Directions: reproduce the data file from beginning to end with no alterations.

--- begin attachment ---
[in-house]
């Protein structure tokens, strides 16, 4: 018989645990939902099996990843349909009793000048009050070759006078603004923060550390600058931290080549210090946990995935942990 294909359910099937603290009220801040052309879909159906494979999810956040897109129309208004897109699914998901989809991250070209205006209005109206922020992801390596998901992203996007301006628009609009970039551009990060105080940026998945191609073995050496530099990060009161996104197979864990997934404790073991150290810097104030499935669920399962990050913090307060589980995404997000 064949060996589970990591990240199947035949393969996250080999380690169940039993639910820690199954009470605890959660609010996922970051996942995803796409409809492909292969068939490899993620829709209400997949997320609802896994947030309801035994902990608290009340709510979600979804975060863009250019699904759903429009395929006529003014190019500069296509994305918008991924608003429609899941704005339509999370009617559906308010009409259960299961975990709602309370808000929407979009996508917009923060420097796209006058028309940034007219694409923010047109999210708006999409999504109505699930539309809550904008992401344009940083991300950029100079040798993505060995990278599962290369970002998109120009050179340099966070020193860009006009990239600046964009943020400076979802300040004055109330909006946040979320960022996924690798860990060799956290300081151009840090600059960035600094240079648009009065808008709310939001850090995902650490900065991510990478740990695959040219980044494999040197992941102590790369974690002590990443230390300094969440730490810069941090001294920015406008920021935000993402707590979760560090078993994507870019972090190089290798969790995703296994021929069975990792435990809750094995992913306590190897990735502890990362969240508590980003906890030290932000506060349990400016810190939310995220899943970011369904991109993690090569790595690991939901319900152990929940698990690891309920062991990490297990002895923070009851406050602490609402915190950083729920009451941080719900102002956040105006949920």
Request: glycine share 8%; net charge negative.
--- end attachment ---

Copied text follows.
[in-house]
């Protein structure tokens, strides 16, 4: 018989645990939902099996990843349909009793000048009050070759006078603004923060550390600058931290080549210090946990995935942990 294909359910099937603290009220801040052309879909159906494979999810956040897109129309208004897109699914998901989809991250070209205006209005109206922020992801390596998901992203996007301006628009609009970039551009990060105080940026998945191609073995050496530099990060009161996104197979864990997934404790073991150290810097104030499935669920399962990050913090307060589980995404997000 064949060996589970990591990240199947035949393969996250080999380690169940039993639910820690199954009470605890959660609010996922970051996942995803796409409809492909292969068939490899993620829709209400997949997320609802896994947030309801035994902990608290009340709510979600979804975060863009250019699904759903429009395929006529003014190019500069296509994305918008991924608003429609899941704005339509999370009617559906308010009409259960299961975990709602309370808000929407979009996508917009923060420097796209006058028309940034007219694409923010047109999210708006999409999504109505699930539309809550904008992401344009940083991300950029100079040798993505060995990278599962290369970002998109120009050179340099966070020193860009006009990239600046964009943020400076979802300040004055109330909006946040979320960022996924690798860990060799956290300081151009840090600059960035600094240079648009009065808008709310939001850090995902650490900065991510990478740990695959040219980044494999040197992941102590790369974690002590990443230390300094969440730490810069941090001294920015406008920021935000993402707590979760560090078993994507870019972090190089290798969790995703296994021929069975990792435990809750094995992913306590190897990735502890990362969240508590980003906890030290932000506060349990400016810190939310995220899943970011369904991109993690090569790595690991939901319900152990929940698990690891309920062991990490297990002895923070009851406050602490609402915190950083729920009451941080719900102002956040105006949920």
Request: glycine share 8%; net charge negative.